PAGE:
Piracicaba’s mini pantanal is threatened
Tanquã is an area of the countryside around Piracicaba city in the state of São Paulo, Brazil. There, the Piracicaba River forms a true wetland, home to a large and diverse community of birds. There are herons of all sorts, teals and other kinds of waterfowl and even the famous Jabiru can be found there.
The wetland of Tanquã developed after the construction of several water reservoirs in the 1960’s. The construction caused the level of the river Piracicaba to lower as part of its water began to be deviated to the Cantareira System, which is currently responsible for supplying more than 8 million people. Now, decades later, the area is home to a rich and complex ecosystem.
Ironically, another dam now threatens the area. A project is planned which provides for the extension of the Tietê-Paraná waterway. This action will eventually flood and destroy the small wetland of Tanquã. There have been many criticisms of the project and the preliminary license has not been granted; for now. In protest, a large group of birdwatchers met in the area on March 23rd. A beautiful example of when visitors become advocates. (Phrase borrowed from Pedro da Cunha, who writes for O Eco.)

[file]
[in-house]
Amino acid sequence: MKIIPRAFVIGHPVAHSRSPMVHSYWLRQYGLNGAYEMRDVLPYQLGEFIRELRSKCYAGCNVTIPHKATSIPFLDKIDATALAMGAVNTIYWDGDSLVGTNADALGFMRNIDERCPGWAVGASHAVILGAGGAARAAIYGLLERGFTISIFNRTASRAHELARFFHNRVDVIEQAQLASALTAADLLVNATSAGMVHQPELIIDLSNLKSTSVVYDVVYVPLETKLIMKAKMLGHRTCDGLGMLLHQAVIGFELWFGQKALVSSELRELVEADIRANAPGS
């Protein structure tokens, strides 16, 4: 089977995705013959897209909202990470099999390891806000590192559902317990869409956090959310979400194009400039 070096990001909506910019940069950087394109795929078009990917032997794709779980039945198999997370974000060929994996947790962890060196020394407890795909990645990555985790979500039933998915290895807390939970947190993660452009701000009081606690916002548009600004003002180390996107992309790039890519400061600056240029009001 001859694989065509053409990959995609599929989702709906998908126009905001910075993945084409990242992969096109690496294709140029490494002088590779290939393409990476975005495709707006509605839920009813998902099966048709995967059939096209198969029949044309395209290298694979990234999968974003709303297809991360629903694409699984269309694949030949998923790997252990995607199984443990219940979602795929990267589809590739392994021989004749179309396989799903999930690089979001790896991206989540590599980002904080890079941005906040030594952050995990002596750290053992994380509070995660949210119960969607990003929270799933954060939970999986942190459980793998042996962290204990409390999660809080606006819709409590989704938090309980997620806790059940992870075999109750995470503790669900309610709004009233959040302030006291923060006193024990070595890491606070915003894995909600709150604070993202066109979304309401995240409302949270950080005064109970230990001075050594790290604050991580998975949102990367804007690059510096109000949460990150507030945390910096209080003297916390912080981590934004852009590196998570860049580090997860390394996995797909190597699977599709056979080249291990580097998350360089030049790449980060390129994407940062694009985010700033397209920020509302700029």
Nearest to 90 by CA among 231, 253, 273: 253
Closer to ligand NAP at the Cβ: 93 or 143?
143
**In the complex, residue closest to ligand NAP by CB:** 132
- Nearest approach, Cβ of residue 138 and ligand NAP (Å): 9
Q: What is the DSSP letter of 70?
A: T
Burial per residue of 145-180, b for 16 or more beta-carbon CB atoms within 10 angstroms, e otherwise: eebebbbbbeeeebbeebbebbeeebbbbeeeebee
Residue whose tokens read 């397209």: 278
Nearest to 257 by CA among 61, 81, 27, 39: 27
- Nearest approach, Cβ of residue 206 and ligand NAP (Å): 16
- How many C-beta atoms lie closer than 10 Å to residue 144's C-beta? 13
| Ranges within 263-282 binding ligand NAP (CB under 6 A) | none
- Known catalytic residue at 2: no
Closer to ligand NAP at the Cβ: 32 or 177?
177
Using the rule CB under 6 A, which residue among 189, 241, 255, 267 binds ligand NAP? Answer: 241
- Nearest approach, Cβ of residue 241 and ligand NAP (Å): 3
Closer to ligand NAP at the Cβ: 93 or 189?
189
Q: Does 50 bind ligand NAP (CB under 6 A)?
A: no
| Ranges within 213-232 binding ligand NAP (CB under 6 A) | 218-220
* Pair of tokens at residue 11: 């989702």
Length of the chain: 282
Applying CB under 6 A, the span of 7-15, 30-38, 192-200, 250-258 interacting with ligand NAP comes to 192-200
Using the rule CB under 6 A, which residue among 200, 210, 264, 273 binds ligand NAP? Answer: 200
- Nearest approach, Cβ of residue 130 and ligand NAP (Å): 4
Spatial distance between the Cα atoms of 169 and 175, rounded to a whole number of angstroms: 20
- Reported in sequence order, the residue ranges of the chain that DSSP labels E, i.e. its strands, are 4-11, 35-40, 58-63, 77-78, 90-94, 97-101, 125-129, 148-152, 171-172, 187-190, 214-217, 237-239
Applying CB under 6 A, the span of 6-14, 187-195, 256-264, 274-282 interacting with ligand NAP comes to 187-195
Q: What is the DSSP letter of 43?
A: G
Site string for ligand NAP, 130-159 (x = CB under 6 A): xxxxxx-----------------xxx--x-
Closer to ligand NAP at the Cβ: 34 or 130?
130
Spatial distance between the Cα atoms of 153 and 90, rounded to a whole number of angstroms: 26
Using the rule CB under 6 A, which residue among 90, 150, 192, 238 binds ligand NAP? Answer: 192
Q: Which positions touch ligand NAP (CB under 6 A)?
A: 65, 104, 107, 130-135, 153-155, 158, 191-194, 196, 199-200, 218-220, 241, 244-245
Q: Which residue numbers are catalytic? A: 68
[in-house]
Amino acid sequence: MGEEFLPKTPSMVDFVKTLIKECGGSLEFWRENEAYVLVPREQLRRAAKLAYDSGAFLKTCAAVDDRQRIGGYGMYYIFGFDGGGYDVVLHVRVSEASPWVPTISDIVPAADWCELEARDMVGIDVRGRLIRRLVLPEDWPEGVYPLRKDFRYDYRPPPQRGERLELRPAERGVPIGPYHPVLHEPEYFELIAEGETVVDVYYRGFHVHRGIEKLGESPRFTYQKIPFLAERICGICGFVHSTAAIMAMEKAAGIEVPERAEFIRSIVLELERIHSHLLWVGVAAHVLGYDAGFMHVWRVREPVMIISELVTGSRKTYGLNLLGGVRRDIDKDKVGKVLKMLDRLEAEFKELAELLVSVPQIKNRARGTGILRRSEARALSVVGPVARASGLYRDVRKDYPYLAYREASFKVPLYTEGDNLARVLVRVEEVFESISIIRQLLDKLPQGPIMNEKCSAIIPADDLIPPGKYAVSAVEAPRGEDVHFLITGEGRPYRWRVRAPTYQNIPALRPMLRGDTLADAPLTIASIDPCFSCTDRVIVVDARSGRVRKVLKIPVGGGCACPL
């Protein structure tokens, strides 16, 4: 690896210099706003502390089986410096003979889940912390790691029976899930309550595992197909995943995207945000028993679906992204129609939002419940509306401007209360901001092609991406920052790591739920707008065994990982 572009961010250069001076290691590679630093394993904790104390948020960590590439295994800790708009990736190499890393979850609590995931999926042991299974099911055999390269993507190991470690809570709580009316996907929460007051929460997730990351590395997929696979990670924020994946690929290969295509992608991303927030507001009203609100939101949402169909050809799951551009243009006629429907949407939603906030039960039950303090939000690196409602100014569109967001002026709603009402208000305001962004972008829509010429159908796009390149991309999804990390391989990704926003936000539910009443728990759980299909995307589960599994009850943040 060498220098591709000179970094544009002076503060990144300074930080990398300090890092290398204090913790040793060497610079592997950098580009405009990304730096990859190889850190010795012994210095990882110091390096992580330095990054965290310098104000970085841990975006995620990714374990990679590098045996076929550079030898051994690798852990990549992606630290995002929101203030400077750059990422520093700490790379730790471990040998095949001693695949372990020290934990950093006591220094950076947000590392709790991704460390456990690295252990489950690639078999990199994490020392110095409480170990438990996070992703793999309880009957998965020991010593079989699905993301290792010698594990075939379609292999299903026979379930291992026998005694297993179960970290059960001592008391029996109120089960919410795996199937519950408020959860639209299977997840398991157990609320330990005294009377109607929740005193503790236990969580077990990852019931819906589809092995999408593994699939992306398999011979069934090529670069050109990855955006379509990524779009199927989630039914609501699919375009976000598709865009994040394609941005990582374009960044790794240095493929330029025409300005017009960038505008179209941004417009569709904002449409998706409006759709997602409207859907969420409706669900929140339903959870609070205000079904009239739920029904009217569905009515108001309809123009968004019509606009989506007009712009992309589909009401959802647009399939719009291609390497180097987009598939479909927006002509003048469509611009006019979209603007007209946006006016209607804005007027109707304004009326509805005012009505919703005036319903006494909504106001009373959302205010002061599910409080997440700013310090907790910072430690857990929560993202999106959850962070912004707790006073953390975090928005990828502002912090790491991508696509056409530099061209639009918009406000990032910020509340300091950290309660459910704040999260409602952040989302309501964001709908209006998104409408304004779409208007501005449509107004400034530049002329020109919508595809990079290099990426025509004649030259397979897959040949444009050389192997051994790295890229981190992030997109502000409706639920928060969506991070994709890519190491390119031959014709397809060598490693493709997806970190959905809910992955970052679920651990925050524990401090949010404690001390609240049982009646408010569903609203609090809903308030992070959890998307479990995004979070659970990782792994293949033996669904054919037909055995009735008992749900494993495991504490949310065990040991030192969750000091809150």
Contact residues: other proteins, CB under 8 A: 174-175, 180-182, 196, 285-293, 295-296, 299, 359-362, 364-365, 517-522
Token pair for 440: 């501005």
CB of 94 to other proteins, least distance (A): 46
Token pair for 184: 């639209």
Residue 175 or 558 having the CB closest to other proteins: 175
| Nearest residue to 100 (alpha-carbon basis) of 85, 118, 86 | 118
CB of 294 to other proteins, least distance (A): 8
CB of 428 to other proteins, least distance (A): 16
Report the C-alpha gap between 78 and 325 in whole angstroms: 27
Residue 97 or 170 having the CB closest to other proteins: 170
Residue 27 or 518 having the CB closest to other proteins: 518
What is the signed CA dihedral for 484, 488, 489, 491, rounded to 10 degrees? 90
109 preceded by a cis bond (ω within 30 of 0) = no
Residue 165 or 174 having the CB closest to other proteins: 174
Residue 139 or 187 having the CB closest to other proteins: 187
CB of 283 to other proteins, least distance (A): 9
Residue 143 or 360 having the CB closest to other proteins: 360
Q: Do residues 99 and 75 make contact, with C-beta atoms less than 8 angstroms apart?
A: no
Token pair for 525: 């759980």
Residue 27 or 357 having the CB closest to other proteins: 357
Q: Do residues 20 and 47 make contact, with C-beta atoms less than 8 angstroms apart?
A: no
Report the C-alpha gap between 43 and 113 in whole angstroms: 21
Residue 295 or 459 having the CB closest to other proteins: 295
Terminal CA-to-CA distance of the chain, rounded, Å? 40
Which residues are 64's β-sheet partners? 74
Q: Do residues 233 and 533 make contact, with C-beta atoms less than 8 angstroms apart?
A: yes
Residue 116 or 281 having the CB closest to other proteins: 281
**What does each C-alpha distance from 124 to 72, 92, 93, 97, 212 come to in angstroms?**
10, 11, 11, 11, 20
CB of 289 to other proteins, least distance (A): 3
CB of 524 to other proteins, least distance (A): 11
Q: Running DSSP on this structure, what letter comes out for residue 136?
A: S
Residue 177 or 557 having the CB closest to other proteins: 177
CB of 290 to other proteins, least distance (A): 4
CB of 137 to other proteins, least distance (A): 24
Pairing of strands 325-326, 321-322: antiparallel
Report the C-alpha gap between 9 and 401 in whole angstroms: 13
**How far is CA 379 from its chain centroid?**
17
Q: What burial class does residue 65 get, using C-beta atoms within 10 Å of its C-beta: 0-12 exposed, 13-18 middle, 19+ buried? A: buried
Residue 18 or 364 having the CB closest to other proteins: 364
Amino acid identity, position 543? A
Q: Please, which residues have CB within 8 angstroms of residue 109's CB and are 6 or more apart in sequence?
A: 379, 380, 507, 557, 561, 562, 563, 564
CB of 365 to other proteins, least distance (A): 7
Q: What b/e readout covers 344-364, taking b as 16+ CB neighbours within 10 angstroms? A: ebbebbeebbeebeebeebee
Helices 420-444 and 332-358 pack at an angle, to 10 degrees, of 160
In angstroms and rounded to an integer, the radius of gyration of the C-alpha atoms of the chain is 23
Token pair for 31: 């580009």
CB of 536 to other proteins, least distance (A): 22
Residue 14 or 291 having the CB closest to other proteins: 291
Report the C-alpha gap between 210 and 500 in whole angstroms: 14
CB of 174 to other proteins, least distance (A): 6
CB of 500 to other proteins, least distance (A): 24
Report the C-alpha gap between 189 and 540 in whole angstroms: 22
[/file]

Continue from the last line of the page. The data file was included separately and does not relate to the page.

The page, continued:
The Birdwatch in support of Tanquã brought together about 160 people. People who were already familiar with the area and people, like me, who were visiting for the first time. One thing is certain, you could not help but fall in love with the place.
Altogether, 280 species of birds are present in the region, some of which are very notable. For example, the Rosy-billed Pochard (Netta peposaca), a duck whose distribution in Brazil is generally restricted to the state of Rio Grande do Sul, has been observed breeding in Tanquã. Others, such as the Yellow-breasted Crake (Porzana flaviventer) and the Stripe-backed Bittern (Ixobrychus involucris) are usually very difficult to find.
Last week, when I posted some photos of Tanquã on Facebook, several friends asked me “is this really in Piracicaba, how come I’ve never been to this place?” Well, there is a small wetland right here, very near and very affordable.
At least for now.